How does the Palmer Divide affect our weather?

    One of the big jobs we do when we’re trying to figure out precipitation in particular is vertical movement of the air. Where is it going up and where is it going down? Because when you lift air, you’re physically forcing it to cool off. And that starts the process of creating clouds and precipitation if enough moisture is present. So we’re really interested where the air is rising vertically. Anytime you push air up against Pikes Peak or up against the Palmer Divide, which is that big hill you drive over between Colorado Springs and Denver, you’re mechanically forcing the air to rise. And you’re making the process of creating clouds and precipitation more efficient. So Pikes Peak and the Palmer Divide definitely play a role. When you bring a storm over the top that has its own lift, and then you add additional lift with the terrain, you do get enhancement of the storm. And so those tend to be areas that get more snow.

    For Colorado Springs, the Palmer Divide usually is a deterrent to snow because as these storms move through, they pull in cold air from the north. From Denver at 5,280 feet to the top of the Palmer Divide at 7,300 feet plus, that air is being pushed up toward Monument. But then it gets to Monument Hill, and it starts to sink more than 1,000 feet to Colorado Springs. 

    There’s this magical elevation, and it tends to be somewhere between Garden of the Gods Road and Briargate Parkway. It’s different depending on the storm, but somewhere in there tends to be the cutoff from really nasty stuff to the north and nothing at the south side of the Springs Metro to Pueblo. If people have been here long enough, they’ve done that drive where you leave downtown and there’s no snow, and it starts to get a little interesting up around Garden of the Gods or around Woodmen. Then you go north and by the time you’re at Interquest you’re like, “Oh my goodness, this is awful.” So there’s a lot of variability over people’s drives to work and home.

    How is our weather this year compared with our seasonal trends?

    After a good start to winter, January was pretty dry, which isn’t a huge surprise. January is the driest month of the year in Colorado Springs. So as we head toward March and April, we want to see some storms on the horizon. March is our snowiest month of the year; April is one of our snowiest months. Spring in particular is interesting because one big storm can give you the average moisture we expect for both March and April. 

    Matt Meister in the FOX21 weather studio.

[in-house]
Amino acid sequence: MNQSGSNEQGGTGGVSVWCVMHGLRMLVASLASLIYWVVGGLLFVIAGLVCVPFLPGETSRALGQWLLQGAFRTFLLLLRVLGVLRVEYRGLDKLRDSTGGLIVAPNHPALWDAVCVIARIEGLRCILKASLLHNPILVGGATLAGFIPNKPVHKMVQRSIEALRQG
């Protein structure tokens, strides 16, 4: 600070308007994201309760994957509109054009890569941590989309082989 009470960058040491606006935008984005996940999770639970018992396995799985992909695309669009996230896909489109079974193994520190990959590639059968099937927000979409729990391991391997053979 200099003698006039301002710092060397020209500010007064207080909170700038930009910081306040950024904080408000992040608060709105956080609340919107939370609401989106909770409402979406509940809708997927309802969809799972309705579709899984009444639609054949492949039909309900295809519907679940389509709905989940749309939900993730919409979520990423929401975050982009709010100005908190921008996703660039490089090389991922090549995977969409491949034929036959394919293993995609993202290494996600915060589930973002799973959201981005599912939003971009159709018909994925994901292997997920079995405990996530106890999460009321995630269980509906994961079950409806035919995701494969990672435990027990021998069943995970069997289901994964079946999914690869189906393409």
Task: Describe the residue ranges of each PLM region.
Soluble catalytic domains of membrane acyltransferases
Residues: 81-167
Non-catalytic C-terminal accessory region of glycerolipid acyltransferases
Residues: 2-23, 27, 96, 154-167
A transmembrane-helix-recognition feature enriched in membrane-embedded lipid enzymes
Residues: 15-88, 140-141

Matt Meister covers the Pikes Peak region. Photo courtesy of Matt Meister.

    How far out can you give a generalized forecast? Is there anything to Farmer’s Almanac-type predictions? 

    Well, Farmer’s Almanac is good for reading in the restroom; that’s about it. But when you start talking longer term, like months and seasons and years—if you go back 20 or 30 years ago, we had little to no skill in doing that. But as our ability to observe the atmosphere, ocean systems and solar systems have all improved, and we have more data, we’re starting to see connectivity between these different systems.

    Seasonal forecasting really is an emerging branch of our science and starts to blend with climatology. What I do as a meteorologist is more what’s happening right now to the next seven or maybe 10 days.

    Sometimes I’ll show longer forecasts on the air. But when I do, I say, “Hey, this is from the Climate Prediction Center,” because it’s not my own, whereas my forecast for today, tonight or next week, I’ve come up with that information. 

    You just returned from the American Meteorological Society’s annual meeting. Did you see anything that blew your mind?

    People are doing some pretty cool stuff. I am starting to see more of that seasonal type forecasting. The work that’s being done with that is really, really good, and we’ve been working on it long enough that there are advances starting to be made. 

    On my journey, I’m focused on how we communicate. And there’s a lot of work being done in the weather enterprise right now about how warnings are communicated, how people process language, and our word choices and colors we use to represent things. There’s a lot of social science and psychological work coming alongside meteorologists because we’re notorious for making some graphic that we think is incredible—but then you show it to someone who doesn’t have a meteorology background, and they may get a totally different message than you’re intending.

    Is there a particular season that is the most challenging to predict in Colorado Springs?

    Colorado is fun because other than hurricanes, we get it all. I think people are familiar with summer scattered storms. They know, “I know I may or may not get one, but I know there will be some out there.” Winter forecasting is harder because there’s a lot of variability to it. People want to know how much it’s going to snow. But there are so many variables. Is it going to be heavy, wet snow? Is it going to be that airy, ski resort, champagne powder? The same amount of water can equal different amounts of snow depending on the temperature profile in the storm and what the atmospheric conditions are when the snow is made.

    What’s your favorite kind of weather? 

    I like when it’s nasty. I get to experience the power of the atmosphere. The energy storms release is fascinating. So seeing what it can do in those extremes—I’ll take that over sunny and 70 any day.

    So a good springtime thunder blizzard?

    Yeah, I love when there are tornado warnings on the Eastern Plains and blizzards in the mountains. That happens here pretty frequently in March or April with a big storm, all within about 50 miles. To me, that is pretty amazing.